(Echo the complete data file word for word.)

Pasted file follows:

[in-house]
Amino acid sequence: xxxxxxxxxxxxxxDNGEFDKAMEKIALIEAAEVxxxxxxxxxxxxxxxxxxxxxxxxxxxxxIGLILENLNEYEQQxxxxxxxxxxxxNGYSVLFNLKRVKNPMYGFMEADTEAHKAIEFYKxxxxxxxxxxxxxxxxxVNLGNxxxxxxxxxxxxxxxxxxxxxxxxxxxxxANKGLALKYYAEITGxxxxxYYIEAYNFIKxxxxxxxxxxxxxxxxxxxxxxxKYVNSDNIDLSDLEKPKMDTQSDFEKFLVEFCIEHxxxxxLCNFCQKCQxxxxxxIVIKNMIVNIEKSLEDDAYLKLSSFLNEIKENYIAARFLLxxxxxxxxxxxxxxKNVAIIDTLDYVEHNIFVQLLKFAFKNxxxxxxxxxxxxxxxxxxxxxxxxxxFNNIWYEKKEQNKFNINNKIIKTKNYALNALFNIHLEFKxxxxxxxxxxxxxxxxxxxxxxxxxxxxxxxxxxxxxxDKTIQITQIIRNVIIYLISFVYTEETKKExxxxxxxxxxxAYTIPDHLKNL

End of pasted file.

[in-house]
Amino acid sequence: xxxxxxxxxxxxxxDNGEFDKAMEKIALIEAAEVxxxxxxxxxxxxxxxxxxxxxxxxxxxxxIGLILENLNEYEQQxxxxxxxxxxxxNGYSVLFNLKRVKNPMYGFMEADTEAHKAIEFYKxxxxxxxxxxxxxxxxxVNLGNxxxxxxxxxxxxxxxxxxxxxxxxxxxxxANKGLALKYYAEITGxxxxxYYIEAYNFIKxxxxxxxxxxxxxxxxxxxxxxxKYVNSDNIDLSDLEKPKMDTQSDFEKFLVEFCIEHxxxxxLCNFCQKCQxxxxxxIVIKNMIVNIEKSLEDDAYLKLSSFLNEIKENYIAARFLLxxxxxxxxxxxxxxKNVAIIDTLDYVEHNIFVQLLKFAFKNxxxxxxxxxxxxxxxxxxxxxxxxxxFNNIWYEKKEQNKFNINNKIIKTKNYALNALFNIHLEFKxxxxxxxxxxxxxxxxxxxxxxxxxxxxxxxxxxxxxxDKTIQITQIIRNVIIYLISFVYTEETKKExxxxxxxxxxxAYTIPDHLKNL